Passing hashes as command-line parameters


#1

Is it not possible to pass hashes as command-line arguments to a Ruby
script?

Thanks,
Jeff


#2

Jeff Leeman wrote:

Is it not possible to pass hashes as command-line arguments to a Ruby
script?

Like … ?


#3

Well, what I’m looking for is to be able run something like:

ruby script/runner “SomeClassName.method_name({:some_key_1 =>
‘some_value_1’, :some_key_2 => ‘some_value_2’, :some_key_3 =>
‘some_value_3’})”

Joel VanderWerf wrote:

Jeff Leeman wrote:

Is it not possible to pass hashes as command-line arguments to a Ruby
script?

Like … ?


#4

Jeff Leeman wrote:

Well, what I’m looking for is to be able run something like:

ruby script/runner “SomeClassName.method_name({:some_key_1 =>
‘some_value_1’, :some_key_2 => ‘some_value_2’, :some_key_3 =>
‘some_value_3’})”

You’re perfectly able to run something like that. See:

~> mkdir script
~> cat>script/runner
class SomeClassName
def self.method_name(hash)
p hash
end
end
eval ARGV[0]

~> ruby script/runner “SomeClassName.method_name({:some_key_1
=> ‘some_value_1’, :some_key_2 => ‘some_value_2’, :some_key_3
=> ‘some_value_3’})”
{:some_key_1=>“some_value_1”, :some_key_2=>“some_value_2”,
:some_key_3=>“some_value_3”}

HTH,
Sebastian


#5

Which OS are you using? Also, are you running this from an IRC prompt
or a standard bash shell?

Thanks,
Jeff

Sebastian H. wrote:

Jeff Leeman wrote:

Well, what I’m looking for is to be able run something like:

ruby script/runner “SomeClassName.method_name({:some_key_1 =>
‘some_value_1’, :some_key_2 => ‘some_value_2’, :some_key_3 =>
‘some_value_3’})”

You’re perfectly able to run something like that. See:

~> mkdir script
~> cat>script/runner
class SomeClassName
def self.method_name(hash)
p hash
end
end
eval ARGV[0]

~> ruby script/runner “SomeClassName.method_name({:some_key_1
=> ‘some_value_1’, :some_key_2 => ‘some_value_2’, :some_key_3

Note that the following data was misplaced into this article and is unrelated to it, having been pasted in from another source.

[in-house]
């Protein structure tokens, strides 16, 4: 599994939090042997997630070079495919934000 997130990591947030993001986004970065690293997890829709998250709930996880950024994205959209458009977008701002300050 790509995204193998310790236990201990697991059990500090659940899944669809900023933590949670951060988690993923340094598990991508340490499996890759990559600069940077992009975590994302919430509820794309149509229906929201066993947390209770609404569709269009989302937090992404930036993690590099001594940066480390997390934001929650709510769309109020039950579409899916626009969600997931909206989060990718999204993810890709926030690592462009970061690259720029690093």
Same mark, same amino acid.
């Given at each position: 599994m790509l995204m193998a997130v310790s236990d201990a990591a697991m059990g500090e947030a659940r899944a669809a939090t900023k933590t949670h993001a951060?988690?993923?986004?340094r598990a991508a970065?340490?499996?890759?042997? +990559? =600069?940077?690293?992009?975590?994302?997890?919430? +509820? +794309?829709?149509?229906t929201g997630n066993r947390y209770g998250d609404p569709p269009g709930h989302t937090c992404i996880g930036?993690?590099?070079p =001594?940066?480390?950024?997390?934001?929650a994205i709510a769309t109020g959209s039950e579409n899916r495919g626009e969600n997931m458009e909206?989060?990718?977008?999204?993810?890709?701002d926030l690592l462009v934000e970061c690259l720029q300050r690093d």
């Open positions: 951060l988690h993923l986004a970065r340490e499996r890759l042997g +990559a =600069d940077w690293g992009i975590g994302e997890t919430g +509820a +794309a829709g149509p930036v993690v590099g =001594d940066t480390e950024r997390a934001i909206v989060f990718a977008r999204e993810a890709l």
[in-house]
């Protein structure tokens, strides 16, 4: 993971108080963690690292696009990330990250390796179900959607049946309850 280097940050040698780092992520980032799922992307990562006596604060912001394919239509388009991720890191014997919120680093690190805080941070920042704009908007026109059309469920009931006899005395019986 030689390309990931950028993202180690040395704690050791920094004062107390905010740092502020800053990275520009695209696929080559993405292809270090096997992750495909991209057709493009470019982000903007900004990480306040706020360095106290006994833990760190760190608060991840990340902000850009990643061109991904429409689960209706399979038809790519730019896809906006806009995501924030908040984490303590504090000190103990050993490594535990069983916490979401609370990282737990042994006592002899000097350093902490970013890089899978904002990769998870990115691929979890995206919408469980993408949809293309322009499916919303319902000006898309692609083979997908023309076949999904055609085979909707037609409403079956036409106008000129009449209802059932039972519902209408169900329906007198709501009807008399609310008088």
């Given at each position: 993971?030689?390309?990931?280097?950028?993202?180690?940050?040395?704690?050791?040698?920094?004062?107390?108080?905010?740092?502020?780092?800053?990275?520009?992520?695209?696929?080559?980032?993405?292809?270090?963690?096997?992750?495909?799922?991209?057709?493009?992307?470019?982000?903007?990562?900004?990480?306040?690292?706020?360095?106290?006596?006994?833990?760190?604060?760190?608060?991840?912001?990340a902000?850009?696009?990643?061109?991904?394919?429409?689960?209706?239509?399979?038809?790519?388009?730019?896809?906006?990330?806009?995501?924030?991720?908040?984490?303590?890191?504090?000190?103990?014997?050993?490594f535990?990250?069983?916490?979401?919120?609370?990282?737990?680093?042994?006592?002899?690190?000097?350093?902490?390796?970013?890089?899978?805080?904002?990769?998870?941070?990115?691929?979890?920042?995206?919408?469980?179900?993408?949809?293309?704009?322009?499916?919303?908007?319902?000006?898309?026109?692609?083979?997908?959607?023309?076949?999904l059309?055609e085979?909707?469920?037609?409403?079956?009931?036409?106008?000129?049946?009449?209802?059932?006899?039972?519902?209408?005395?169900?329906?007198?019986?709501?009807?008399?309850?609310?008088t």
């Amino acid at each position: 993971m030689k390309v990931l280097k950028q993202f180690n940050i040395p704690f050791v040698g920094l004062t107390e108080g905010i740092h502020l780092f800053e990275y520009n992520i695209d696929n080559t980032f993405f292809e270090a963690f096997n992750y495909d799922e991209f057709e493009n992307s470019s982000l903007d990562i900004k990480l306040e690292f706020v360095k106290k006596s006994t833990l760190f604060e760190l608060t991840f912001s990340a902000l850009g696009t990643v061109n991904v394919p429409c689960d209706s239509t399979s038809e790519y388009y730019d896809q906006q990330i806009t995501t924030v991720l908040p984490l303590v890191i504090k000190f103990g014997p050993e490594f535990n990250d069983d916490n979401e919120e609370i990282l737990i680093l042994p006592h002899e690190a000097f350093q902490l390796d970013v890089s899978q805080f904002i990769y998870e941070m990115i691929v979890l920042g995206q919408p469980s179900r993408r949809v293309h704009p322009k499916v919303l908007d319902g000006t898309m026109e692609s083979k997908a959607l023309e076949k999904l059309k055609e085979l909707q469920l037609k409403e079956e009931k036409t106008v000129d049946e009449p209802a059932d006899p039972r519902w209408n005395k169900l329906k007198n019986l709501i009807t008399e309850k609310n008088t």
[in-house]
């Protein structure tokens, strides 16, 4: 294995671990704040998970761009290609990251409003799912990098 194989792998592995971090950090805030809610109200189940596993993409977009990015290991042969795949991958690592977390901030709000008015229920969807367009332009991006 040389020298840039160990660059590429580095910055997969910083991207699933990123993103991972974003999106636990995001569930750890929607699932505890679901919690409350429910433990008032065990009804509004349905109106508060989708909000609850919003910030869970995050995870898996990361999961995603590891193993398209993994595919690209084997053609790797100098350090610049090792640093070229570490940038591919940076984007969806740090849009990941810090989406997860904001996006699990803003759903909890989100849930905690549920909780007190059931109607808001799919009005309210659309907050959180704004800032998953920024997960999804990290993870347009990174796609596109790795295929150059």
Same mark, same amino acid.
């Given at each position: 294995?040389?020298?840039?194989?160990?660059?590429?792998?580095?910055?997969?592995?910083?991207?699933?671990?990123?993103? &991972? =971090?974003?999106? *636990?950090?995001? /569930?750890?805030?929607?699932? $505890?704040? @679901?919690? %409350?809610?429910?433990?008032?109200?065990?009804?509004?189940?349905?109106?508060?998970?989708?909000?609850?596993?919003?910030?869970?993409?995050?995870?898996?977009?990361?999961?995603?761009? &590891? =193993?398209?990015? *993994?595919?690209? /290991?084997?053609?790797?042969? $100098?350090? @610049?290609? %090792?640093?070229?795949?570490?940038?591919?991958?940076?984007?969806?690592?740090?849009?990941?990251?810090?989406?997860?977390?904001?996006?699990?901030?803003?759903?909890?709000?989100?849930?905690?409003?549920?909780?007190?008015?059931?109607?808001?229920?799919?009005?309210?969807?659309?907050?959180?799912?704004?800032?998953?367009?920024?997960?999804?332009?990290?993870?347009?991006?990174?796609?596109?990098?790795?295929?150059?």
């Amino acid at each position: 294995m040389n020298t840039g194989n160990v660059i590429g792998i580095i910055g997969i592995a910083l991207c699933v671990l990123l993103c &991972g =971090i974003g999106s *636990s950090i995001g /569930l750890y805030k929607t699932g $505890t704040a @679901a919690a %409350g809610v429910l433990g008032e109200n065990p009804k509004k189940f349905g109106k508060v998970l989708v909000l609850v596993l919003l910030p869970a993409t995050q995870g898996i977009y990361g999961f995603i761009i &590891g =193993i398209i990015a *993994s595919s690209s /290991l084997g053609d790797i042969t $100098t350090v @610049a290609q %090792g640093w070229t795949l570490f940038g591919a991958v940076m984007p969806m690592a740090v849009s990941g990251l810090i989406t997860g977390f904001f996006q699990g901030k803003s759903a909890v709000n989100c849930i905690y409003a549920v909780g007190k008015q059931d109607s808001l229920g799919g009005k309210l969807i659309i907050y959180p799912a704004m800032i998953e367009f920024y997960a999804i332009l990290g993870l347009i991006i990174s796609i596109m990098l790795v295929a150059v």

=> ‘some_value_3’})”
{:some_key_1=>“some_value_1”, :some_key_2=>“some_value_2”,
:some_key_3=>“some_value_3”}

HTH,
Sebastian


#6

Jeff Leeman wrote:

Which OS are you using?

Linux though that should really not make any difference. The ruby code I
posted will work on any platform (though you’d be using something other
than
cat to write the code into the file on systems without cat - but then
you’d
be doing that anyway, I only used cat so I could copy’n’paste the whole
thing
from my bash prompt).

Also, are you running this from an IRC prompt
or a standard bash shell?

bash. “~>” is my bash prompt.


#7

Ok, interesting. I’m using a PC, and I tried the exact code that
Sebastian put together, and it runs fine in Cygwin, but does not work in
the command prompt window:

C:\rails_app>jruby script\runner “SomeClassName.method_name({:some_key_1
=> ‘some_value_1’, :some_key_2 => ‘some_value_2’})”
script\runner:6: (eval):1: , unexpected ‘=’ (SyntaxError)

I guess I don’t know the command prompt language too well, but there’s
probably some special way things have to be delimited with quotes.

-Jeff

Joel VanderWerf wrote:

Jeff Leeman wrote:

Like … ?

You could just eval ARGV[0] in this case.

$ ruby -e ‘p eval(ARGV[0])’ ‘{:foo => :bar}’
{:foo=>:bar}


#8

Jeff Leeman wrote:

C:\rails_app>jruby script\runner “SomeClassName.method_name({:some_key_1
=> ‘some_value_1’, :some_key_2 => ‘some_value_2’})”
script\runner:6: (eval):1: , unexpected ‘=’ (SyntaxError)

Try putting p ARGV[0] before the eval and see what that outputs. That
way you
can see if and how cmd butchers the argument.


#9

Jeff Leeman wrote:

Like … ?

You could just eval ARGV[0] in this case.

$ ruby -e ‘p eval(ARGV[0])’ ‘{:foo => :bar}’
{:foo=>:bar}